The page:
2. The Future Isn’t What It Used to Be

Einstein had to go and open his big yap and say that space-and-time were connected. Then, he went on to disagree about entanglement -- this idea that particles, separated by vast distances -- could be connected.

Scientists began to wonder that if particles can be entangled in space, that means, they could be entangled in time. And this means, as we've seen, that the future could affect the past. (I think I may have heard Einstein puke in his mouth a little.)

In April 2012, Nature Physics reported that scientists found that time could be entangled, leading them to suggest that, “future actions may influence past events, at least when it comes to the messy, mind-bending world of quantum physics.”

And here’s the real mic drop. Particles can be entangled when they are no longer even particles.

"The fantastic new thing is that this decision to entangle two photons can be done at a much later time," said research co-author Anton Zeilinger, also of the University of Vienna. "They may no longer exist."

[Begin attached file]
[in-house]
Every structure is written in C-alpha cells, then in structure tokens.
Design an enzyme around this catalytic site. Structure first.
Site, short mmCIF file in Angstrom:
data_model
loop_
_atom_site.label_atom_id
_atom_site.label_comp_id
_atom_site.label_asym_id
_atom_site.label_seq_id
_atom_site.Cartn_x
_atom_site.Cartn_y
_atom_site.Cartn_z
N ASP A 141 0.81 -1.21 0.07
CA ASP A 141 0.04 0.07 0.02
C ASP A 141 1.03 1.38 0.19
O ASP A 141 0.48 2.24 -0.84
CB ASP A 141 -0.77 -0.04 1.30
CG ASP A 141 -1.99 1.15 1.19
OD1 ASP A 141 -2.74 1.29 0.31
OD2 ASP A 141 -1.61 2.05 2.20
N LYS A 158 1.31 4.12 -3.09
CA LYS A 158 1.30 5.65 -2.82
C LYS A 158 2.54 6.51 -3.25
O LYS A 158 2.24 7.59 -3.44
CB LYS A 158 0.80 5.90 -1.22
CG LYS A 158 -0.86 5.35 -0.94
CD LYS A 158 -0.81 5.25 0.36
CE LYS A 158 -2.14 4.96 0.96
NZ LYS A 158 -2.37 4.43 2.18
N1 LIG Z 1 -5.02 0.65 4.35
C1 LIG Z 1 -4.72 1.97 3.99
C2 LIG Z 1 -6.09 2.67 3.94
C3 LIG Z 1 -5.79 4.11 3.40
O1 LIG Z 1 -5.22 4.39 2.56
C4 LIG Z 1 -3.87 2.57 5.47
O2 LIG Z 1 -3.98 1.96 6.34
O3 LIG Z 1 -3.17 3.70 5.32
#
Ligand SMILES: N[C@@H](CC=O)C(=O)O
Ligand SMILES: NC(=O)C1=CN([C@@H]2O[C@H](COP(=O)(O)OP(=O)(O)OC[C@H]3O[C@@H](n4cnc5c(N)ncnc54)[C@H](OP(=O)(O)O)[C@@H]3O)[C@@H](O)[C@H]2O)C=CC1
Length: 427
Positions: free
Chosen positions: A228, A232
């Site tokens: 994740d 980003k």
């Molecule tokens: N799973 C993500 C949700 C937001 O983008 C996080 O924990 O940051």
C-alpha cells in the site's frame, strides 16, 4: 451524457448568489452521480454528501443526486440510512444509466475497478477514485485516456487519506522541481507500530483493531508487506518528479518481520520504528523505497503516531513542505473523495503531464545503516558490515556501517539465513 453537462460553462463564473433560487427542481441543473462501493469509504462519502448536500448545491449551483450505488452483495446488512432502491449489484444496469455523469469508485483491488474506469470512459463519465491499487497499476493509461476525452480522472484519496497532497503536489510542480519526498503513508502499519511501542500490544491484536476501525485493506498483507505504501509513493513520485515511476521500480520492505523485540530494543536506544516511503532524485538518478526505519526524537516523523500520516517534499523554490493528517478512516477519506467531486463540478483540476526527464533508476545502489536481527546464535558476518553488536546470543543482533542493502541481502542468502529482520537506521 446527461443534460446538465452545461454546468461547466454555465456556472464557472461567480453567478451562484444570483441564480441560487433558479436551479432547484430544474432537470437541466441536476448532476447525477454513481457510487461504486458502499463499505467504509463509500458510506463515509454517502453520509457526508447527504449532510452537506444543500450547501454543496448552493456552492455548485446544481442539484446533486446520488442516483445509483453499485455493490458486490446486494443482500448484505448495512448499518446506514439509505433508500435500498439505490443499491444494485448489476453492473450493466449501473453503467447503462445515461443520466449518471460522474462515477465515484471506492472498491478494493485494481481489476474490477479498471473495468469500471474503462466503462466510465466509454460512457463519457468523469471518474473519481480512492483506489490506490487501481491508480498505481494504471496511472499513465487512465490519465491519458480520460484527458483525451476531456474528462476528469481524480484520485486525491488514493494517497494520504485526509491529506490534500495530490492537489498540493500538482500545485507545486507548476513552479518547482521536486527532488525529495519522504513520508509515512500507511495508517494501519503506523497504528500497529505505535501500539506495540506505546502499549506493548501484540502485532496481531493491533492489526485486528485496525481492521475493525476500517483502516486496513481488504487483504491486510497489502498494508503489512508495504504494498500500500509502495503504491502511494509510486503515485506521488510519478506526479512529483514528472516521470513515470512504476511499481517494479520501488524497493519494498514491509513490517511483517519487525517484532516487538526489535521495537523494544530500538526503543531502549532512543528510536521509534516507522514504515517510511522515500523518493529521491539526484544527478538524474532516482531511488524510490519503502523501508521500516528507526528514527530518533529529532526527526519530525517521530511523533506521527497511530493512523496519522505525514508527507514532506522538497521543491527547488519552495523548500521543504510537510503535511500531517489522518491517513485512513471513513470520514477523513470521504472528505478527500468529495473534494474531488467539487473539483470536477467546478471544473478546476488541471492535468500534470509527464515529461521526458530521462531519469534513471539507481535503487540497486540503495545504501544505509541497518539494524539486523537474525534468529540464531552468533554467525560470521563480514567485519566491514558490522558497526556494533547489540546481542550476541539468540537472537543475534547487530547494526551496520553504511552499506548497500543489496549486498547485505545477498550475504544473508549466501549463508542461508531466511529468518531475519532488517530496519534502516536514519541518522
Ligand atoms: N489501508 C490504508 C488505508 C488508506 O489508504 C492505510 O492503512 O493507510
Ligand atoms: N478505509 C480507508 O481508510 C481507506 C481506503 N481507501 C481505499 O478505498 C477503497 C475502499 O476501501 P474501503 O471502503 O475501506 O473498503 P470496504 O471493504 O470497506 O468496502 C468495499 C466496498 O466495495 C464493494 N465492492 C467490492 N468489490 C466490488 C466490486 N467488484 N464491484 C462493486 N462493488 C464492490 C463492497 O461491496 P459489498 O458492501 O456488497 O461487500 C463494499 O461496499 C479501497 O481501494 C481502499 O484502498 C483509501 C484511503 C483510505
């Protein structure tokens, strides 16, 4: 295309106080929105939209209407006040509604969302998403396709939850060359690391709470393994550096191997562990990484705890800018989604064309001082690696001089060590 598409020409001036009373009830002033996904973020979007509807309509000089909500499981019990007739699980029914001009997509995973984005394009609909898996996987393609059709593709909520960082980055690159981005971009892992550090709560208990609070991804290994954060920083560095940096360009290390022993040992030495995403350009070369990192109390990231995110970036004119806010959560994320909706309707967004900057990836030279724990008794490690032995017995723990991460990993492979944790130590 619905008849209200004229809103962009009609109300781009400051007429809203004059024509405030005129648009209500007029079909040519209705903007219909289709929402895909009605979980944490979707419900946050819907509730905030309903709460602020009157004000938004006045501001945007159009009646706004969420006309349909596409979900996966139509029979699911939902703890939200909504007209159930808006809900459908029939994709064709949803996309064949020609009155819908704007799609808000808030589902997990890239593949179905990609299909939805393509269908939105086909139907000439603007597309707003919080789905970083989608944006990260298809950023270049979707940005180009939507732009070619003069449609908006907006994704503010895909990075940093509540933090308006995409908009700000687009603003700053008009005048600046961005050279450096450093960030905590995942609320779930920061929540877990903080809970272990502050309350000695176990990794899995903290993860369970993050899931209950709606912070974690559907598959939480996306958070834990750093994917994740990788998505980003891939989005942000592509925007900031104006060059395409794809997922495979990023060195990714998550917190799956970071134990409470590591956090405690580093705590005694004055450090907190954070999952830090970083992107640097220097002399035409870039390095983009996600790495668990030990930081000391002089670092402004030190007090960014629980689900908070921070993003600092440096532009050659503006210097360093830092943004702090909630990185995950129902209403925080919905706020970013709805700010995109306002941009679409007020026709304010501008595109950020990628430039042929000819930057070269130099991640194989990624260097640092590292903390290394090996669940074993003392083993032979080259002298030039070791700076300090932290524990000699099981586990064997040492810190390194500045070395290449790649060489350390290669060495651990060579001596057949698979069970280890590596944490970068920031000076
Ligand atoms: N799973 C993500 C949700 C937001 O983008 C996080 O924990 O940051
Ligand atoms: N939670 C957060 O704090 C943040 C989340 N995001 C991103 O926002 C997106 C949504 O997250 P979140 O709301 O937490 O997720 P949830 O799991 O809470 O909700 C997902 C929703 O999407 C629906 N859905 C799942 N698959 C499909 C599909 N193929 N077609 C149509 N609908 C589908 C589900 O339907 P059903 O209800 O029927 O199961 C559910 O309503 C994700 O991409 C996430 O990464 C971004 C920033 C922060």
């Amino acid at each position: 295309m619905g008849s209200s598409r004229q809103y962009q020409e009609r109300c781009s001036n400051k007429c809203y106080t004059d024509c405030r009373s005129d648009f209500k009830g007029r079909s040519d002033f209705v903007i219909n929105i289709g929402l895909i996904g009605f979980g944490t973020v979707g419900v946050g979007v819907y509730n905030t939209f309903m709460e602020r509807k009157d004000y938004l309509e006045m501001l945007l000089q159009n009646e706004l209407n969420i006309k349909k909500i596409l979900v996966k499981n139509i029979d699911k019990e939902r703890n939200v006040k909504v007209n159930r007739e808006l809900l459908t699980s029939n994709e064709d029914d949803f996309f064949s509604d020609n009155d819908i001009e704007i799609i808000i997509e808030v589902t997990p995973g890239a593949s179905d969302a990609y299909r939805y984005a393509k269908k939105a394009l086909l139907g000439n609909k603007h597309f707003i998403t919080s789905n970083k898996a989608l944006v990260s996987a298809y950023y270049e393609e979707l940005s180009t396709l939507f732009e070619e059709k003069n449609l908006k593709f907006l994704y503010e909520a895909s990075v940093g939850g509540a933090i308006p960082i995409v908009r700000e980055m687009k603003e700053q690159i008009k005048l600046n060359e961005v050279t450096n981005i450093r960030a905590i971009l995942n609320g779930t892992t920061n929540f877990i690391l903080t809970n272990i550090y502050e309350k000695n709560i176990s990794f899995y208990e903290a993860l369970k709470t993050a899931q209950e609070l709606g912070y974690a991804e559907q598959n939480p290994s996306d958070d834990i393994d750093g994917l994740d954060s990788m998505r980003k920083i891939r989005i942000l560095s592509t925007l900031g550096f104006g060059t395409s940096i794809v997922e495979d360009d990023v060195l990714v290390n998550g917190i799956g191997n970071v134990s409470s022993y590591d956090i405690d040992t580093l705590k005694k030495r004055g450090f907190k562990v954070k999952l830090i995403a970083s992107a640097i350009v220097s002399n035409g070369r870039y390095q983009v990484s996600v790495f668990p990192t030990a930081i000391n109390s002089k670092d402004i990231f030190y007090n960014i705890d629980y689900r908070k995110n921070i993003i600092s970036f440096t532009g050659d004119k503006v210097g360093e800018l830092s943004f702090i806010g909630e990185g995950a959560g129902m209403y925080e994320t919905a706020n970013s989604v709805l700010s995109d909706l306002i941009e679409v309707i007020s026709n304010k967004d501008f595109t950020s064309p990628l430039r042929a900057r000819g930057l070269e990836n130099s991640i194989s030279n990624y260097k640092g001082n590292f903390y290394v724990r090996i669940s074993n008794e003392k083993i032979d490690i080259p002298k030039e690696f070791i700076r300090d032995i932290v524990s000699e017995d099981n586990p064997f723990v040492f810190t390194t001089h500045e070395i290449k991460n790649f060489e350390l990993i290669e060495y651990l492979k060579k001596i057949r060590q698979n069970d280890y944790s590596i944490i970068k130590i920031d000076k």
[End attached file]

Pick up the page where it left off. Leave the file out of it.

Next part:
Material Straddles Classical-Quantum Weirdness

Let’s face it, you and I are like the not-so good looking dancers who desperately want to get into the hot new quantum nightclub, but a thin rope separates us -- those trapped in the classic world with its boring Newtonian rules -- from rubbing shoulders, or grinding other body parts, with the beautifully exotic physics of the quantum world.

Hang on, I think the bouncer likes us.

In a recent experiment, Johns Hopkins scientists discovered a process that could cut that thin line between classic and quantum physics. The material is a type of topological insulator, which is a bit of a holy grail for physicists because they are a conductor on the exterior and an insulator inside.